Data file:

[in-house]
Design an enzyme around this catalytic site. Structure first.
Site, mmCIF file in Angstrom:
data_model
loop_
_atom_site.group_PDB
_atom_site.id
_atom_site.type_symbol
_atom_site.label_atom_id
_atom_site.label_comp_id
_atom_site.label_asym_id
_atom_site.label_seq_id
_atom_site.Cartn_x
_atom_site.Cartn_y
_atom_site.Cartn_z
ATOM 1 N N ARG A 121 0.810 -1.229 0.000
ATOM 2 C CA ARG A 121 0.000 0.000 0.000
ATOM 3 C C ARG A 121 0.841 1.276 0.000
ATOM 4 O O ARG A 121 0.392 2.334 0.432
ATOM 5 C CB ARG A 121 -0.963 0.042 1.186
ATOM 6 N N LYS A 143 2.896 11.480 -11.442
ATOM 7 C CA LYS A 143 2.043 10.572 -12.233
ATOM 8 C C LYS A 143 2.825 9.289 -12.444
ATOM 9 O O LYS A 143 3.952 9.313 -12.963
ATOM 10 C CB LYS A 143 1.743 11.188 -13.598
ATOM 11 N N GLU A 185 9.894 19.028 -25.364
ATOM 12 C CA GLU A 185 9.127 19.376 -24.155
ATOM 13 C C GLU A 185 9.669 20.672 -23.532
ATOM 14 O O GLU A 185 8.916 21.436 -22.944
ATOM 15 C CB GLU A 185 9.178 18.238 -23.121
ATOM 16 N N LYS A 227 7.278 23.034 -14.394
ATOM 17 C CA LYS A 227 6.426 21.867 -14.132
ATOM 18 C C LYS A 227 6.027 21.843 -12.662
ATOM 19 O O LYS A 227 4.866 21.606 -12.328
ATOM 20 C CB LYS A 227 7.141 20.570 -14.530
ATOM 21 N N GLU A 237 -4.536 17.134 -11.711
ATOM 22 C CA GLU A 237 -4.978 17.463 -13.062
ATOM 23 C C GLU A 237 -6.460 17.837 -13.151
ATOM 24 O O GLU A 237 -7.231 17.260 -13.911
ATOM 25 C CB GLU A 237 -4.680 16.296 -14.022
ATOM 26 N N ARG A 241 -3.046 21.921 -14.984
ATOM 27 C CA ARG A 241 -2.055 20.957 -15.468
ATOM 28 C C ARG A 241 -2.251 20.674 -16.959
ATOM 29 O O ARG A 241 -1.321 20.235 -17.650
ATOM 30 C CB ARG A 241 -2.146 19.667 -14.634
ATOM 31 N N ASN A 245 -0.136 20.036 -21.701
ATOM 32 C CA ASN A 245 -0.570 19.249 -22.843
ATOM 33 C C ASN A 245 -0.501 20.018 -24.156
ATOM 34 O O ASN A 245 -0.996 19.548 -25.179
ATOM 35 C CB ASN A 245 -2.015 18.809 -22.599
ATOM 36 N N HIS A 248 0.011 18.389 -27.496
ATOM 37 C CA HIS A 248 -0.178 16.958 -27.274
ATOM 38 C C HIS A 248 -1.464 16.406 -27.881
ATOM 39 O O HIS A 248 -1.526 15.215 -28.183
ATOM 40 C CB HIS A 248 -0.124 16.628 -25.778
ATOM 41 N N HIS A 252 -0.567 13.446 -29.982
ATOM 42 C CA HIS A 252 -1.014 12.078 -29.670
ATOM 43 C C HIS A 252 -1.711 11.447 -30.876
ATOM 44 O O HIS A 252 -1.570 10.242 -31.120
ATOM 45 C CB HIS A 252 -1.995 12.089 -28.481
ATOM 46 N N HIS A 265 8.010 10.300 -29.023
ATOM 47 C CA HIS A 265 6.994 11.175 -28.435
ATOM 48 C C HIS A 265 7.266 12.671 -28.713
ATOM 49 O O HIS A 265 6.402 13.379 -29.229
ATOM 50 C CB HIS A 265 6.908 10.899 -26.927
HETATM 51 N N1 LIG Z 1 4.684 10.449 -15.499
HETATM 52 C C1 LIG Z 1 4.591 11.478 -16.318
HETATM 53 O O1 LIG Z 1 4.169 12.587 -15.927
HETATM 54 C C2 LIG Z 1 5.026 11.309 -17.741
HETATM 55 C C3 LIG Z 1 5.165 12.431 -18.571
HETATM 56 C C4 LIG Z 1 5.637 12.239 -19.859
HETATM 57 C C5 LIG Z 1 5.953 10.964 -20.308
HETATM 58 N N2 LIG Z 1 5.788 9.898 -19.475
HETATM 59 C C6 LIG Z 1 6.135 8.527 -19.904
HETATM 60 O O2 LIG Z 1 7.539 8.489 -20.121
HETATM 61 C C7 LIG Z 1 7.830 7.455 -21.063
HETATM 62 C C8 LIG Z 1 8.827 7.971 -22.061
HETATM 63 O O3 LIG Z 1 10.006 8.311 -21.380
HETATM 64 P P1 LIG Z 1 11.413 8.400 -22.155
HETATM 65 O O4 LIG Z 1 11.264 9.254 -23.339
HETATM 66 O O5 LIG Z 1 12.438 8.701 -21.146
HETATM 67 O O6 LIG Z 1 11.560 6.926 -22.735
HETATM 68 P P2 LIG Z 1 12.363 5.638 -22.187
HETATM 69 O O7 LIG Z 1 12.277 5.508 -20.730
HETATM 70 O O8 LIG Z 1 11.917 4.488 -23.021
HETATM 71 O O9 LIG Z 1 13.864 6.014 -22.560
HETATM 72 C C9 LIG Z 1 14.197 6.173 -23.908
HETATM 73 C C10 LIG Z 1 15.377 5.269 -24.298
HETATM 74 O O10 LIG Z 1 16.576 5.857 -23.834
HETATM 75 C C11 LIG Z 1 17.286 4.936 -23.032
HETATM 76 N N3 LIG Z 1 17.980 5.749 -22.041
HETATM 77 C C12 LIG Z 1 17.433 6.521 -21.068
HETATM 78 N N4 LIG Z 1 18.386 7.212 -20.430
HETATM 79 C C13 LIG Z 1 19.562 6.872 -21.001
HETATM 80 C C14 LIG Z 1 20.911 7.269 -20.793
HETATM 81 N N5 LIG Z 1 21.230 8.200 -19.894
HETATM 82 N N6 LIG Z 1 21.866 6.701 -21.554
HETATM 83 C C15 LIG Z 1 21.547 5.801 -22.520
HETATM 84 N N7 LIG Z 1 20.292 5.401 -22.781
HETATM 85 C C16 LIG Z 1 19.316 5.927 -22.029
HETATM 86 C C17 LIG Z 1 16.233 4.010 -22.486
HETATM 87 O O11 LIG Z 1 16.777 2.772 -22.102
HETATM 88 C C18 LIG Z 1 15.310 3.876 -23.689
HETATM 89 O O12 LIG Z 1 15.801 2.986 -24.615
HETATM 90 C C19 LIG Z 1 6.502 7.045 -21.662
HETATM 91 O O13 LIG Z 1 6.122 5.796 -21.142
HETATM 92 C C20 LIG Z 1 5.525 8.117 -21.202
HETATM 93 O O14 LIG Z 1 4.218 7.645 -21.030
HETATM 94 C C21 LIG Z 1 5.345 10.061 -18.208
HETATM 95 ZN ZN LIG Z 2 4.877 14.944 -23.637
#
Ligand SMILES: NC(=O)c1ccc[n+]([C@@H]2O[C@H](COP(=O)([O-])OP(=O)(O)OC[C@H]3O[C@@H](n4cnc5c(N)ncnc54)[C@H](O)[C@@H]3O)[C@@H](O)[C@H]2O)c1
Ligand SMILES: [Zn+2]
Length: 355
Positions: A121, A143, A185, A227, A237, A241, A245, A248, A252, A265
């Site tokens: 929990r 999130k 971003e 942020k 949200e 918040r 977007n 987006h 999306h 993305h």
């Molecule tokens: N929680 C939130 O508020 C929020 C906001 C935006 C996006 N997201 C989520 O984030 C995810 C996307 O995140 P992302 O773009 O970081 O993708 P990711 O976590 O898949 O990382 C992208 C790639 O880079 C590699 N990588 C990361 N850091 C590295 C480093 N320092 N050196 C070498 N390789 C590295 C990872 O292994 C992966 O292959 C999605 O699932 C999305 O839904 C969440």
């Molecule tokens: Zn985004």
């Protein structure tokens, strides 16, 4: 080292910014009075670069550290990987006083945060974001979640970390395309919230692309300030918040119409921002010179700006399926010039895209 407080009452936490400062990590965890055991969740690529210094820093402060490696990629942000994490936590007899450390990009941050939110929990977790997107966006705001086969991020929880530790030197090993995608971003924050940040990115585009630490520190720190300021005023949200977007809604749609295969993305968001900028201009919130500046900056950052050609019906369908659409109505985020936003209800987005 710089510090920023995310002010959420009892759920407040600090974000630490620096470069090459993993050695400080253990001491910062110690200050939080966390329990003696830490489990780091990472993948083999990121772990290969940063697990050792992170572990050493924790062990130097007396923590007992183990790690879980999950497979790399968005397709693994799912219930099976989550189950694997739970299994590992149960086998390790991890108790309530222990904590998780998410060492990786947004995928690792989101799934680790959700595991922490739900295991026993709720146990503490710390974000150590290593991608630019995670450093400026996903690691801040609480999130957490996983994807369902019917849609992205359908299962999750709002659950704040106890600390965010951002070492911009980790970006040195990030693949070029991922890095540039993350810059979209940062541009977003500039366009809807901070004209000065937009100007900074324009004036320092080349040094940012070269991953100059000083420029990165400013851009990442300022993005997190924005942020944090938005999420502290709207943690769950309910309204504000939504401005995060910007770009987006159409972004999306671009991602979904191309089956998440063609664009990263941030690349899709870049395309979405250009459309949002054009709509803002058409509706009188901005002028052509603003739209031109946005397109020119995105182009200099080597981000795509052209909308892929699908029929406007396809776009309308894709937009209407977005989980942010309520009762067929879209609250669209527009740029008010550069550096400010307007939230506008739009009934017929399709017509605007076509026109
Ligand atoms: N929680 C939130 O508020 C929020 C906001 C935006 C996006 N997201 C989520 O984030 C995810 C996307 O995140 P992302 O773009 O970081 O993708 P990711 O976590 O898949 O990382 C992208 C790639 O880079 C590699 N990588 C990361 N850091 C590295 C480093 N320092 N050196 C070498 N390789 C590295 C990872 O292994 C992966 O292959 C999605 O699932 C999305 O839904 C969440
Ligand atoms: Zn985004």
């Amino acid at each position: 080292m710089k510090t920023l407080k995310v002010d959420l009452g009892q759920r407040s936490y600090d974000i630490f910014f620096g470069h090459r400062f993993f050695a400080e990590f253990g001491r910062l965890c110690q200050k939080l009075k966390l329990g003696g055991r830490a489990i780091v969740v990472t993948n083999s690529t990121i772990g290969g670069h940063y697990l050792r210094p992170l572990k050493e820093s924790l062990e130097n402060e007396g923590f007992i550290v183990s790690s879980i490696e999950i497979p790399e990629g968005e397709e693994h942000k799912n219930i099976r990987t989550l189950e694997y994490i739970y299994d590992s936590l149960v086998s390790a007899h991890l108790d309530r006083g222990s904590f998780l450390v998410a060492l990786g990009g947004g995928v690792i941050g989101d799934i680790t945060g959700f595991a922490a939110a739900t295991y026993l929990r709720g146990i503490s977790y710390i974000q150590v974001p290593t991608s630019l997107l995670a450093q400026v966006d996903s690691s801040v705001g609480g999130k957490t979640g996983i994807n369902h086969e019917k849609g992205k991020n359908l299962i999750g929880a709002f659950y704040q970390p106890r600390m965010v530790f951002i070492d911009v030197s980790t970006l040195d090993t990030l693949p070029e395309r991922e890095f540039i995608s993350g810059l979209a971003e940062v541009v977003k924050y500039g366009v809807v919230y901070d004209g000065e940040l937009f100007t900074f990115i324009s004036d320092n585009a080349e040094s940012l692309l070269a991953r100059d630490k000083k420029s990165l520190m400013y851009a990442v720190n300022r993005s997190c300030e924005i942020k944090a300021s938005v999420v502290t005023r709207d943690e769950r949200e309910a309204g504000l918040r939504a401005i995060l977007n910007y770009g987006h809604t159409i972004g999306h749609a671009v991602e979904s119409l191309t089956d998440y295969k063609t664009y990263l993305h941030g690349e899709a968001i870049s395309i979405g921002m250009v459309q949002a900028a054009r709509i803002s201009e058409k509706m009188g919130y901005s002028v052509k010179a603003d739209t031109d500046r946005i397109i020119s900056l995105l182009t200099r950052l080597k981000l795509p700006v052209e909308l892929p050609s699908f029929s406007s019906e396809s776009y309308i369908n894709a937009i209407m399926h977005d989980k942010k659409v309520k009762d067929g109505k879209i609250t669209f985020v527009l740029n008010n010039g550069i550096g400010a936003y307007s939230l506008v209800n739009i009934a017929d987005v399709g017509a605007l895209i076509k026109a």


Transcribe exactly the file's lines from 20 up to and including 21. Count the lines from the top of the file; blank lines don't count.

ATOM 5 C CB ARG A 121 -0.963 0.042 1.186
ATOM 6 N N LYS A 143 2.896 11.480 -11.442